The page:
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Half a billion dollars mysteriously disappears from collapsed crypto exchange FTX

Leading crypto exchange Binance announced on 8 November that it intends to acquire rival FTX (Getty Images)
Leading crypto exchange Binance announced on 8 November that it intends to acquire rival FTX (Getty Images)

Nearly half a billion dollars has mysteriously disappeared from the collapsed crypto exchange FTX, the company has said.

FTX, which filed for bankruptcy on Friday, blamed “unauthorised transactions” for the missing cryptocurrency, suggesting the funds were either stolen or hacked.

The company said it had moved its remaining reserves into offline wallets, known as cold storage, in order to protect them.

The embattled company’s new chief executive John Ray, who took over from company founder Sam Bankman-Fried, said on Saturday that FTX wasswitching off the ability to trade or withdraw funds.

FTX’s general counsel Ryne Miller also said that the firm is coordinating with law enforcement and regulators.

The exact amount of missing cryptocurrency is unclear, but analytics firm Elliptic estimated Saturday that $477 million was missing from the exchange.

Another $186 million was moved out of FTX’s accounts, but that may have been FTX moving assets to storage, said Elliptic’s co-founder and chief scientist Tom Robinson.

A debate formed on social media about whether the exchange was hacked or a company insider had stolen funds, a possibility that cryptocurrency analysts could not rule out.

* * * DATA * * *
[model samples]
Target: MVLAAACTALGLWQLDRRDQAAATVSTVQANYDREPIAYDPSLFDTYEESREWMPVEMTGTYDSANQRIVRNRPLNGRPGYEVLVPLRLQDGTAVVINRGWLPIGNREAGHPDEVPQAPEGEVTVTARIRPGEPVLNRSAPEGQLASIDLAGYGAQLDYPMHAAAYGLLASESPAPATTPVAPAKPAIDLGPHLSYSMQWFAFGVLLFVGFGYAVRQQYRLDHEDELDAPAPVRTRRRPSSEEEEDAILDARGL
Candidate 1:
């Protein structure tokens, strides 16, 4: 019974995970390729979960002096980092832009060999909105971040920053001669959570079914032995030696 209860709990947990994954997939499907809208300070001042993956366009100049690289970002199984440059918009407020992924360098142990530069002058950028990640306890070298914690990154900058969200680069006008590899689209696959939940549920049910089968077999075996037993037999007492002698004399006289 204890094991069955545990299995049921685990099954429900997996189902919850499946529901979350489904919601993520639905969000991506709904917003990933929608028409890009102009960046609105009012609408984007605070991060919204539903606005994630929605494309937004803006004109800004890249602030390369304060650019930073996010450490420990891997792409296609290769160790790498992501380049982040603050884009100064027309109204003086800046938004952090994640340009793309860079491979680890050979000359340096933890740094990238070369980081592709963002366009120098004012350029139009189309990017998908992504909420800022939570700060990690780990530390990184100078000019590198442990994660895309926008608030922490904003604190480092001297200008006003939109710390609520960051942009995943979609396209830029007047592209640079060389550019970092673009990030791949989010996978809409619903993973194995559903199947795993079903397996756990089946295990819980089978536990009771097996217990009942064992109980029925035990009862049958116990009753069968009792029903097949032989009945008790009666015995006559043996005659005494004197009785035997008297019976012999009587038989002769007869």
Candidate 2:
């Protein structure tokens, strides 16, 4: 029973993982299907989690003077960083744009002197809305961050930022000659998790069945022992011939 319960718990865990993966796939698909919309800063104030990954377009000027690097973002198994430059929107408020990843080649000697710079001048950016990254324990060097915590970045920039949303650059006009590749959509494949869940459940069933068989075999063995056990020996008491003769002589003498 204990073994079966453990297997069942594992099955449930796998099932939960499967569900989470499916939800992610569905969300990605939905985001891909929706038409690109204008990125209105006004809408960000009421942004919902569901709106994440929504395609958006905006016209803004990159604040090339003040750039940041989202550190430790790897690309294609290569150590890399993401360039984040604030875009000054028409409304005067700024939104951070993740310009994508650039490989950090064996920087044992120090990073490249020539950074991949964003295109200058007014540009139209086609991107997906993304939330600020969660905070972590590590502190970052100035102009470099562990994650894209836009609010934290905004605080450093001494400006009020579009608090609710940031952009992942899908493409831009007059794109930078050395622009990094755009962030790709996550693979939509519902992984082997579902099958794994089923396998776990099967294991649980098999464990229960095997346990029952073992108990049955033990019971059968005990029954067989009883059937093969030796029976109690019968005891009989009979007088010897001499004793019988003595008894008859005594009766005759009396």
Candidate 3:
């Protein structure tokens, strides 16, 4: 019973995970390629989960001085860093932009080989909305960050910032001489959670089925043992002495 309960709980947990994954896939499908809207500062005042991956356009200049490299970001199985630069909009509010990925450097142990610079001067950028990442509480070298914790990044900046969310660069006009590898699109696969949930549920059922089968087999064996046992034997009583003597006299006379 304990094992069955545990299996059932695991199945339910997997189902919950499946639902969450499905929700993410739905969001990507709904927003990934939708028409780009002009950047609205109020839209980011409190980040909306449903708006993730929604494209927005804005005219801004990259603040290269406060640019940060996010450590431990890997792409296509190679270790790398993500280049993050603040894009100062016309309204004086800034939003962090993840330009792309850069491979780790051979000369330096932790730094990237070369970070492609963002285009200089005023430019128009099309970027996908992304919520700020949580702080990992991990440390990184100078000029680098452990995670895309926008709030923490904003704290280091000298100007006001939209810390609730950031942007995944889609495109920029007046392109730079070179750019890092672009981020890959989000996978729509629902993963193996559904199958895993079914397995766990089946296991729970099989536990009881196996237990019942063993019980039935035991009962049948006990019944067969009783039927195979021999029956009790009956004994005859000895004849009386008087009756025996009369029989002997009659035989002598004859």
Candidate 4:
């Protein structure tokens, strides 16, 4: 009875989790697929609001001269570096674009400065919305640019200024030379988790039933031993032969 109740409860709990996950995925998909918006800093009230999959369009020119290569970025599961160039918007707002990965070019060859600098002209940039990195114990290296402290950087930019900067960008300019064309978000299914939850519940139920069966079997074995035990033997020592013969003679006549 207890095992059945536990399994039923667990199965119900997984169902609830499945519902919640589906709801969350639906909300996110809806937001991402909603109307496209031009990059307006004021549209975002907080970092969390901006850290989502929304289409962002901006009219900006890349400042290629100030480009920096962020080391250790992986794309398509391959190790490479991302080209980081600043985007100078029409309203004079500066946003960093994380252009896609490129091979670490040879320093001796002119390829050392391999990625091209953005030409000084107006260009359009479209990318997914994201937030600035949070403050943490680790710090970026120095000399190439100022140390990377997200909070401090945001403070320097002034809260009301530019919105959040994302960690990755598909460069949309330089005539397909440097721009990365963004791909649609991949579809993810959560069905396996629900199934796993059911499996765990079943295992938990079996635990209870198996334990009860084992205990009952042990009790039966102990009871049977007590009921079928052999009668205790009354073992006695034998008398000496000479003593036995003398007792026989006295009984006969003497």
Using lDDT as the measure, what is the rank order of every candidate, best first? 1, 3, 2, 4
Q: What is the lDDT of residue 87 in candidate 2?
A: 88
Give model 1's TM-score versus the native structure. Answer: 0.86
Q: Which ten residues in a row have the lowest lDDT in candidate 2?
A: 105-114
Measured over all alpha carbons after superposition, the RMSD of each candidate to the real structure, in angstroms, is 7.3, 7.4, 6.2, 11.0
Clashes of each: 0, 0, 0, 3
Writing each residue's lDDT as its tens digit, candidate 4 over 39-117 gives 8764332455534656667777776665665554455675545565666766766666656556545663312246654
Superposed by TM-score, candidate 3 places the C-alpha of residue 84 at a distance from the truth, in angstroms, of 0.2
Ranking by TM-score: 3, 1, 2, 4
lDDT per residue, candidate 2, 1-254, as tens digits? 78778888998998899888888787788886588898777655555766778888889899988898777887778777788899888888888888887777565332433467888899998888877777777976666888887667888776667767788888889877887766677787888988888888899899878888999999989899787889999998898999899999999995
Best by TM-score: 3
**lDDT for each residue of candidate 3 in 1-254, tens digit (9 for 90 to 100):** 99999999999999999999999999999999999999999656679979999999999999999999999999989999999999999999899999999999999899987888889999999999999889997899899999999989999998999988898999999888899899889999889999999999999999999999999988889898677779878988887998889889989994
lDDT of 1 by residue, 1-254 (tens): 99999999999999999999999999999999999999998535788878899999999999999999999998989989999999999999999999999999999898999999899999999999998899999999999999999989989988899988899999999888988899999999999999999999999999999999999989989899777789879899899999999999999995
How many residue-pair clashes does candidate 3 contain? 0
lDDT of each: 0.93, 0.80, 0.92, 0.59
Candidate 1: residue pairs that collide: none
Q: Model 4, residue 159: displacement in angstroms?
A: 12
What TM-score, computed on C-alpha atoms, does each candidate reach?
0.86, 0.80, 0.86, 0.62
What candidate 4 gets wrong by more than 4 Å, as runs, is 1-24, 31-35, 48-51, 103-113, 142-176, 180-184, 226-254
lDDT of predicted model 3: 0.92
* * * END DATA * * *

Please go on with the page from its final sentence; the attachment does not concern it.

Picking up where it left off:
Until recently, FTX was one of the world’s largest cryptocurrency exchanges. It was already short billions of dollars when it sought bankruptcy protection, after a rescue deal from rival exchange Binance fell through.

The company had valued its assets between $10 billion to $50 billion, and listed more than 130 affiliated companies around the world, according to its bankruptcy filing.

The unraveling of the once-giant exchange is sending shockwaves through the industry, with companies that backed FTX writing down investments and the prices of bitcoin and other digital currencies falling. Politicians and regulators are calling for stricter oversight of the unwieldy industry. Experts say the saga is still unfolding.

“We’ll have to wait and see what the fallout is, but I think we are going to see more dominoes falling and an awful lot of people stand to lose their money and their savings,” said Frances Coppola, an independent financial and economic commentator. “And that is just tragic, really.”

The price of bitcoin is currently trading at around its lowest point in two years, having seen its value plummet in the wake of FTX’s collapse.

The broader cryptocurrency market is down roughly $200 billion over the last week.

Additional reporting from agencies.